I mean if returning itself is the problem in understanding, I think a function besides main() may help OP understand. It's really important to take a bird's eye view on this subject.

In general all functions that use return values use them to communicate information. What information? It depends. A lot of the time, the only good answer is "read the friendly manual." Once that is understood for one particular function, that concept needs to be extended to other functions, which are using return values to similar ends.

As a concrete example, I wrote a small program that solves the quadratic formula:

Code:

#include <iostream> // for cin, cout
#include <cerrno> // for errno
#include <cmath> // for sqrt
#include <algorithm> // for swap (C++ 98)
#include <utility> // for pair or swap
#include <limits> // for NaN
using namespace std;
/* Returns the solutions for a polynomial of degree 2 using the quadratic formula.
If the results are complex numbers, then the return value will be a pair of NaNs.
*/
pair<double, double> poly2zero(double a, double b, double c)
{
errno = 0;
double nan = numeric_limits<double>::quiet_NaN();
pair<double, double> r = make_pair(nan, nan);
double discriminant = sqrt(b * b - 4 * a * c);
if (errno != EDOM)
{
double denom = 2 * a;
r.first = ((-b) - discriminant) / denom;
r.second = ((-b) + discriminant) / denom;
if (min(r.first, r.second) != r.first)
{
// swap so the first root is always the lesser of the two:
swap(r.first, r.second);
}
}
return r;
}
int main()
{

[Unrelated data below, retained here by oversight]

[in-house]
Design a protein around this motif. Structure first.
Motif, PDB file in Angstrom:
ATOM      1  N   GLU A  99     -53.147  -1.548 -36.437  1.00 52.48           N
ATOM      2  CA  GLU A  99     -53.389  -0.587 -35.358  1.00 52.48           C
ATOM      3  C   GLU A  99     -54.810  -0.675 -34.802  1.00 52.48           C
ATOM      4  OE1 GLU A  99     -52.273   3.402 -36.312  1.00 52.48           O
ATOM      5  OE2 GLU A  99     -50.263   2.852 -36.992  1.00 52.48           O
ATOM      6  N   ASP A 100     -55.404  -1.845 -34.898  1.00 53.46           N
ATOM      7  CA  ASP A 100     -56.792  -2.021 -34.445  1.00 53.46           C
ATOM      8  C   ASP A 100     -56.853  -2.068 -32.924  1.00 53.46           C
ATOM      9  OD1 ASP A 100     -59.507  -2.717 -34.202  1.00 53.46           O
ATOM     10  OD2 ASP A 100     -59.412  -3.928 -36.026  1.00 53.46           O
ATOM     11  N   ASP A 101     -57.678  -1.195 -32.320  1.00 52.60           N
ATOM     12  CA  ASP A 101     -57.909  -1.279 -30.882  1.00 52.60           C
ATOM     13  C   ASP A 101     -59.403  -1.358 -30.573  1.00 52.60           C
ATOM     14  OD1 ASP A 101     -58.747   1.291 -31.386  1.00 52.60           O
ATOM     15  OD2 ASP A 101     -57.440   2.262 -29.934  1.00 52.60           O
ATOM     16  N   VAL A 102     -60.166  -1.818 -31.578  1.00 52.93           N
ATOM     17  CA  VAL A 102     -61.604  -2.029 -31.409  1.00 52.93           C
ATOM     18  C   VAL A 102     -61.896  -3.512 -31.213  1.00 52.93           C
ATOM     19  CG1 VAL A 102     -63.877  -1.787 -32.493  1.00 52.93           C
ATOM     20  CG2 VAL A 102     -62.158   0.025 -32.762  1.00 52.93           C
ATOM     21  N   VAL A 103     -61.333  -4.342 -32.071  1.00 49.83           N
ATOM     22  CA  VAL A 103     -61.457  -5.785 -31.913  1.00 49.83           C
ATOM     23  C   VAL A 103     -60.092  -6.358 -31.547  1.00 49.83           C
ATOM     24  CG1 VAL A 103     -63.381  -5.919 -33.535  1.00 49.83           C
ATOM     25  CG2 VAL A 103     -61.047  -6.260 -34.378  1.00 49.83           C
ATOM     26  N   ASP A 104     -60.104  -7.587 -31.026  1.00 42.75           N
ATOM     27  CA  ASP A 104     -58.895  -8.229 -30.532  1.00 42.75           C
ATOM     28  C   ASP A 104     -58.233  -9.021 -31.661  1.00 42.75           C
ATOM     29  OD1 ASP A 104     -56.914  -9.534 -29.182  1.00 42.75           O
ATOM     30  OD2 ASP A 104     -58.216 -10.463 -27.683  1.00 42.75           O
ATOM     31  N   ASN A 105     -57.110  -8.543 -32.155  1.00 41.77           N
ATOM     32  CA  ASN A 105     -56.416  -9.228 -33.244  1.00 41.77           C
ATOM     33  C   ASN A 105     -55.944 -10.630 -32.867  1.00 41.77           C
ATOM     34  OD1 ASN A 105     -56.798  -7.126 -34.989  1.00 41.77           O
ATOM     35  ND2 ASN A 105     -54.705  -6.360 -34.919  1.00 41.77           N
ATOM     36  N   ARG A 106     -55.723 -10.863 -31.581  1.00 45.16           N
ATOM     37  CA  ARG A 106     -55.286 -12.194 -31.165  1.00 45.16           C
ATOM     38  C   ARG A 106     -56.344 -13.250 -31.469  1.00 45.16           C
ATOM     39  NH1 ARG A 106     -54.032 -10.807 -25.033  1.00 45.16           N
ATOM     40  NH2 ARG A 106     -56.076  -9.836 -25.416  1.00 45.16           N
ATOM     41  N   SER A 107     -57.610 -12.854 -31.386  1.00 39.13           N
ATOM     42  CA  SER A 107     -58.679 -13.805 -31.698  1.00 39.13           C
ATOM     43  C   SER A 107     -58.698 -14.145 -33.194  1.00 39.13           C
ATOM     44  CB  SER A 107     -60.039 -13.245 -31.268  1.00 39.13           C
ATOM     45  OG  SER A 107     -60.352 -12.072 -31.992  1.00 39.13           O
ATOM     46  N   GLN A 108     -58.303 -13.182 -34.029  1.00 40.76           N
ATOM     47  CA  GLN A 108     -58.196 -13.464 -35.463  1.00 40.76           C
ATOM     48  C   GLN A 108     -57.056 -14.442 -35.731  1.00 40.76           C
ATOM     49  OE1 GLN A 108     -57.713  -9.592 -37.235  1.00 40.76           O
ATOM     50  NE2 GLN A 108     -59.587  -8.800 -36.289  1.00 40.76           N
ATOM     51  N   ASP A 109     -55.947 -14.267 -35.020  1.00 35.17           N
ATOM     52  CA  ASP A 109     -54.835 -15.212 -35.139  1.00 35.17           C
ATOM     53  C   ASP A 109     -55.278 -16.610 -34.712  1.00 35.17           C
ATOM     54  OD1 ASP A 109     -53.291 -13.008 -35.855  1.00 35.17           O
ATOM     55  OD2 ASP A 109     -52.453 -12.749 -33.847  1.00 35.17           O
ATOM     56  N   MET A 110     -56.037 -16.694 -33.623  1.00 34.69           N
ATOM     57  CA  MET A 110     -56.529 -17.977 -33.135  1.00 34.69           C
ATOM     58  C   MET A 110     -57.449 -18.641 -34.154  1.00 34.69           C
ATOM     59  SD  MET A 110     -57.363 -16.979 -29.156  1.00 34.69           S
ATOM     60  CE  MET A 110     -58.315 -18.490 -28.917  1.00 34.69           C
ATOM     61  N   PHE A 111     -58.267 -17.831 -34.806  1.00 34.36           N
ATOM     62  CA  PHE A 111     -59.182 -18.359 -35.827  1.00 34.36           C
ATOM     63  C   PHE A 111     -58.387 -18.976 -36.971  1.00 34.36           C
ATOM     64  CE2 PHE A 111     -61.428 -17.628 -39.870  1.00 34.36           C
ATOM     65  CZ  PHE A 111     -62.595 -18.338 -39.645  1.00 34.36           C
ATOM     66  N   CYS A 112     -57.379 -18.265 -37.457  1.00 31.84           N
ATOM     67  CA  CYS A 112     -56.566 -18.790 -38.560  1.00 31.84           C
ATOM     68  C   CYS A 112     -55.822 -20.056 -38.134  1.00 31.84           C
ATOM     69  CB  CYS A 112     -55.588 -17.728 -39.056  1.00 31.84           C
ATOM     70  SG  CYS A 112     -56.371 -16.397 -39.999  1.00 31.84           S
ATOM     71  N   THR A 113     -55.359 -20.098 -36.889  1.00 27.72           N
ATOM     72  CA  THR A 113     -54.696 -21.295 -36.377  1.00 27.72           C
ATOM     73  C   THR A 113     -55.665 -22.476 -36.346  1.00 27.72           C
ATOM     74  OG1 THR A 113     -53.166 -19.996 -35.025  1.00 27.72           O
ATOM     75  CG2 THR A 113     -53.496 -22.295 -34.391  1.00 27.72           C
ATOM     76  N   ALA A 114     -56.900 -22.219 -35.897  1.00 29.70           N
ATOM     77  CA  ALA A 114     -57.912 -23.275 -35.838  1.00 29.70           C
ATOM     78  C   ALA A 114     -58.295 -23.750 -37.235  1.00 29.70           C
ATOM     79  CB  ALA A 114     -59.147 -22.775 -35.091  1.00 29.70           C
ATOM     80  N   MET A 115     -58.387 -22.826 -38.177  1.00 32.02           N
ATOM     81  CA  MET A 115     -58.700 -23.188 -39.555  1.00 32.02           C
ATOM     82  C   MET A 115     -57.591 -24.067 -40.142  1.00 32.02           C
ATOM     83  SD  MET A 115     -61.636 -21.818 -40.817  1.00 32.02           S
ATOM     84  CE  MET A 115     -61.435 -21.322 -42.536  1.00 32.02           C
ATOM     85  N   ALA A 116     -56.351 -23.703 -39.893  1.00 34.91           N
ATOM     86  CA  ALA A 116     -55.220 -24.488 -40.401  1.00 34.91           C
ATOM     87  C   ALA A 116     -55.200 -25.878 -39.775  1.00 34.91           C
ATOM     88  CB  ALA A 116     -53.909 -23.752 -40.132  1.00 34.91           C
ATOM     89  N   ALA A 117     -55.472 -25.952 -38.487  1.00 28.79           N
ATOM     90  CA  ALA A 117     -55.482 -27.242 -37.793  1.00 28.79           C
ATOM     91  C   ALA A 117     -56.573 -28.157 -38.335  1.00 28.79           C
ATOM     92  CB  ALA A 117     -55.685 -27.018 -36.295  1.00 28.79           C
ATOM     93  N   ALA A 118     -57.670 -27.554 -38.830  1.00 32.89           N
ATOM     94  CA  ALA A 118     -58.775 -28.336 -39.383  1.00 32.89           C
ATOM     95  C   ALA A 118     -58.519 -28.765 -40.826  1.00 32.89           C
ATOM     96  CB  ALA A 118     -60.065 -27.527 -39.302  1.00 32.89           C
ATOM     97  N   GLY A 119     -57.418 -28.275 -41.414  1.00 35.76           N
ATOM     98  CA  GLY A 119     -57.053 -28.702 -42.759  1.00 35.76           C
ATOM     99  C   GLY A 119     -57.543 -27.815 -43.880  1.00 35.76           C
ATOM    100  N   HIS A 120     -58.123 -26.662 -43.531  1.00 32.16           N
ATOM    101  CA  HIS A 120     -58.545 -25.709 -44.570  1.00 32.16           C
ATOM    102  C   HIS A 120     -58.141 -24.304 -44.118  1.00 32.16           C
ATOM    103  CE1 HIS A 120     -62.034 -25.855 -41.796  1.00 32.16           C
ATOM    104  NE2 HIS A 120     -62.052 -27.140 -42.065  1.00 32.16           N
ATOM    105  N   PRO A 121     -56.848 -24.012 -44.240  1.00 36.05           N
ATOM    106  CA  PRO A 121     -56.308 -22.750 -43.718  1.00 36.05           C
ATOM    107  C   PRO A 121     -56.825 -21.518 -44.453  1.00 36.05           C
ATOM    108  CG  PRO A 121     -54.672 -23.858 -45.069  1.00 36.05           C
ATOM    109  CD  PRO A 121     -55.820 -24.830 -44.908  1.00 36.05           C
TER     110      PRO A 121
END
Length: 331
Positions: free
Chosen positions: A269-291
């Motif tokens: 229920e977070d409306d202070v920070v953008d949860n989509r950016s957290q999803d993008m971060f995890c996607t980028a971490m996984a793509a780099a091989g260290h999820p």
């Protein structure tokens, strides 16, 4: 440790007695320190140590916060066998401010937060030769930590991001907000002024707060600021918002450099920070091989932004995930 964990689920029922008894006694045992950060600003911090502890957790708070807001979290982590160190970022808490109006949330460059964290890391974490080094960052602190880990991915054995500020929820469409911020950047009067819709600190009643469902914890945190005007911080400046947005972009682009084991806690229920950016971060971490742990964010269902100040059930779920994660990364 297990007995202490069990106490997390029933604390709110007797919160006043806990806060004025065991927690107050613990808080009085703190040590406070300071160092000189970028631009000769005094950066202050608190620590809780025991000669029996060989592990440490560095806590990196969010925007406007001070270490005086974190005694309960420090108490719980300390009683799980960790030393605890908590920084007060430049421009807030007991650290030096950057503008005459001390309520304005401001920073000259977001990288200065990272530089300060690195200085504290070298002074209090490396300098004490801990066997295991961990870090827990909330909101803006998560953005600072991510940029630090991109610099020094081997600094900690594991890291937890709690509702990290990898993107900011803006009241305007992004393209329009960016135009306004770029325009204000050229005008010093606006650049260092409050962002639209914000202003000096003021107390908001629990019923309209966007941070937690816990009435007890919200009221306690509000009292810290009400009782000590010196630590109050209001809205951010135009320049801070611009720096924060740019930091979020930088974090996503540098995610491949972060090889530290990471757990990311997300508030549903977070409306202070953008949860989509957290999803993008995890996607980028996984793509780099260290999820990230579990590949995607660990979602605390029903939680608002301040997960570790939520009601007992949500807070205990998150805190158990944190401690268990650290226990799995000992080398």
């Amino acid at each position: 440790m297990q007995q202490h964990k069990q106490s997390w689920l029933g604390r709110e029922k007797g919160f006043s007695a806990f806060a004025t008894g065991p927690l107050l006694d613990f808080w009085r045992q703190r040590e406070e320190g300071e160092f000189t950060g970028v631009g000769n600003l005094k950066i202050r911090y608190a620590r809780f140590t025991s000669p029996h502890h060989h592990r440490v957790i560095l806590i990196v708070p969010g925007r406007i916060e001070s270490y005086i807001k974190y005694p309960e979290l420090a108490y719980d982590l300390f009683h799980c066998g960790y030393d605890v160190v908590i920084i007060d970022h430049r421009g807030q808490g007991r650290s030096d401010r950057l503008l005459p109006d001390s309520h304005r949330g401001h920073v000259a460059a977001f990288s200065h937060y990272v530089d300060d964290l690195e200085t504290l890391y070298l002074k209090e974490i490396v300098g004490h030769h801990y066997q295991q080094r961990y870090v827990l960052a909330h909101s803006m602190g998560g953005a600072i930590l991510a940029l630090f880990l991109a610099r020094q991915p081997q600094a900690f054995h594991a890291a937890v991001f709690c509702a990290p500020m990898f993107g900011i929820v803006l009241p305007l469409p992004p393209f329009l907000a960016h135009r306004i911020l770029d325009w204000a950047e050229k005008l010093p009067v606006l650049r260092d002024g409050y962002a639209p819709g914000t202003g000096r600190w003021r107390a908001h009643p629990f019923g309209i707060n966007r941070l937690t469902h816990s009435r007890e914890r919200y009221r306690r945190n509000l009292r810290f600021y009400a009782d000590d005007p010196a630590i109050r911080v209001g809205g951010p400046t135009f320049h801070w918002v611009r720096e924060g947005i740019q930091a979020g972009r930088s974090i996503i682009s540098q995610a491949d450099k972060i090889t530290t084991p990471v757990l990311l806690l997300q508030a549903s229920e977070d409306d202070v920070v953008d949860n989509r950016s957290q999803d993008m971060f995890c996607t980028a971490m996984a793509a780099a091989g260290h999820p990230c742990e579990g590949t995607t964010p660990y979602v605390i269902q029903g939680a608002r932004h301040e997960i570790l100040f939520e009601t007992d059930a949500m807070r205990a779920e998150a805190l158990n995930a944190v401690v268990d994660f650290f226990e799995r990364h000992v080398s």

double a, b, c;
cout << "This program will solve polynomials of degree 2 ax^2 + bx + c.\n";
cout << "Enter A: ";
cin >> a;
cout << "Enter B: ";
cin >> b;
cout << "Enter C: ";
cin >> c;
pair<double, double> answer = poly2zero(a, b, c);
cout << "Your solutions are " << answer.first << '\t';
cout << answer.second << '\n';
}

So the return value of poly2zero(a,b,c) is not meaningless, agreed? It is actually the two roots of the equation ax^{2} + bx + c = 0 in .first and .second.

One way you can use the program is to find the golden ratio:

Code:

This program will solve polynomials of degree 2 ax^2 + bx + c.
Enter A: 1
Enter B: -1
Enter C: -1
Your solutions are -0.618034 1.61803

Return values are one way to pass information along in a program. In more concrete terms, it works the same way you pass a baton in a race. The answer in this program is the baton, and the variables in the program hold the baton at different points during a run. Without them, it would actually be harder to write this, and use all sorts of other functions. main() is just one concrete example, for the use of the operating system, which communicates whether there was a problem or not.

The example I posted could even be amended to communicate errors the way main() does, because it returns NaNs if there wasn't a real number solution. It's:

Code:

if (answer.first == answer.first) { // NaNs are never equal to each other.
cout << "Your solutions are " << answer.first << '\t';
cout << answer.second << '\n';
} else {
cout << "The polynomial does not have a real number solution (NaN).\n";
}

HTH.